World Football League (1975)
Died: October 22, 1975 – The WFL folds in midseason.
Stadium: Civic Stadium (33,000)
Team Colors: Royal Blue, Kelly Green & White
Owner: William Tatham Sr.
The WFL’s debut season was an utter disaster, plagued by teams relocating and folding in midseason, bounced paychecks, epic PR blunders and an estimated $20 million in red ink. It was somewhat surprising that a small cabal of surviving owners, led by Chris Hemmeter of The Hawaiians franchise, regrouped to stage a second season in 1975. Even more surprising was the continued inclusion of Portland, Oregon where the WFL’s Portland Storm franchise had been one of the league’s more embarrassing efforts. The Storm started 0-7-1 and managed to complete the season only because the players were willing to continue playing games without paychecks for the season’s final two months. The IRS slapped a lien on the Storm and the discredited (literally) club was more or less out of business by December 1974.
In early 1975, Hemmeter and a few other holdovers reorganized the insolvent league as a new corporation and attempted to start over again. A twelve-team league was put together for 1975, featuring eleven holdover cities from 1974 (plus San Antonio). Most of the owners and investors were brand new. Portland came back with a new identity and a new owner: Fresno-based William Tatham. A handful of Storm players returned, despite the broken contracts and promises of the previous year. This included 5′ 5″tailback Rufus Ferguson who led Portland in rushing during both seasons of the WFL.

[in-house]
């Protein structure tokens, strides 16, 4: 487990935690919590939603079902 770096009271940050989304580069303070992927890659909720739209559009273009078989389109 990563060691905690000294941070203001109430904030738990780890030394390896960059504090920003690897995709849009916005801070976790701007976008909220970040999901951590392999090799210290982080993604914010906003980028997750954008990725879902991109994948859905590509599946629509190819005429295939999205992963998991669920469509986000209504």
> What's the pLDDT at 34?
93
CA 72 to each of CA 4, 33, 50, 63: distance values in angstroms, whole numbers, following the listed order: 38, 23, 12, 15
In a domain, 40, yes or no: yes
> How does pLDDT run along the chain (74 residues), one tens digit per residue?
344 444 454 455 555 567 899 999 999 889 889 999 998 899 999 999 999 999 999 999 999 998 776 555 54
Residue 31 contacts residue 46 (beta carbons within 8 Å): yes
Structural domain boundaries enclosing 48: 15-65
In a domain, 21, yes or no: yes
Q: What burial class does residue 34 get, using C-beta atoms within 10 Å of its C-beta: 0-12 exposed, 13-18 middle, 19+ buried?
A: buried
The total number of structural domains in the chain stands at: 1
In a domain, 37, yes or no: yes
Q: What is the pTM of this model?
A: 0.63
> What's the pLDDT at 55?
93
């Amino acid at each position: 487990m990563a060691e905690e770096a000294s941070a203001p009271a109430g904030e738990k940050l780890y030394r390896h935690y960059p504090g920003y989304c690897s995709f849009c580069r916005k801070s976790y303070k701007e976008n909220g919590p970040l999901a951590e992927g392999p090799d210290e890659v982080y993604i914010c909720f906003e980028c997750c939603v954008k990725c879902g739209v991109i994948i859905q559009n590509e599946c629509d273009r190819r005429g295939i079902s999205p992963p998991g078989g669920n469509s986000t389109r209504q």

But Portland had seen enough of the World Football League. A meager 7,700 turned out at Civic Stadium for the Thunder’s regular season home opener in August 1975. This was about half what the Storm averaged a year earlier. In several ways, the Thunder just seemed like a chintzier knockoff of Harris’ discredited club. Not only was the name similar, but the Thunder retained the old colors of blue and green and slapped new logo stickers on the Storm’s old helmets to save money on equipment.
By October 1975 – around the point in the season that the Storm ran into serious financial trouble the year before – the Thunder were on the verge of collapse. The other ten WFL franchises had to take up a collection of $300,000 to keep Portland in business. The rest of the league was in terrible shape as well and two weeks later the owners decided to cut their losses. The World Football League shutdown on October 22, 1975 without managing to complete its second season of play. The Thunder finished their only campaign with a 4-7 record.
Pro football returned to Portland and Civic Stadium a decade later with the arrival of the Portland Breakers of the United States Football League. For local football fans, it was deja vu all over again. The Head Coach of the Breakers was Dick Coury, the same man who coached the Storm in 1974. And like Portland’s previous entries in the WFL, the Portland Breakers lasted only one season and left town owing unpaid wages to their players and debts to local businesses.
Portland Thunder owner William Tatham also got involved with the United States Football League in the 1980′s. Tatham and his son owned the USFL’s Oklahoma/Arizona Outlaws in 1984 and 1985.
==1975 Portland Thunder Results==
|7/12/1975||@ Birmingham Vulcans (Exh.)||L 25-9|
|7/27/1975||vs. Philadelphia Bell (Exh.)||L 30-21|
|8/3/1975||@ Southern California Sun||L 21-15|
|8/9/1975||vs. The Hawaiians||L 25-24|
|8/16/1975||@ Chicago Winds||L 25-18||Program|
|8/23/1975||vs. Shreveport Steamer||W 33-24|
|8/30/1975||@ San Antonio Wings||L 22-0||Program||Roster|
|9/6/1975||vs. Birmingham Vulcans||L 26-8|
|9/13/1975||@ Philadelphia Bell||W 25-10|
|9/21/1975||vs. Memphis Southmen||L 16-3|
|10/4/1975||@ Jacksonville Express||L 32-29||Program|
|10/12/1975||vs. San Antonio Wings||W 28-25|
|10/19/1975||vs. Jacksonville Express||W 30-13||Program||Roster|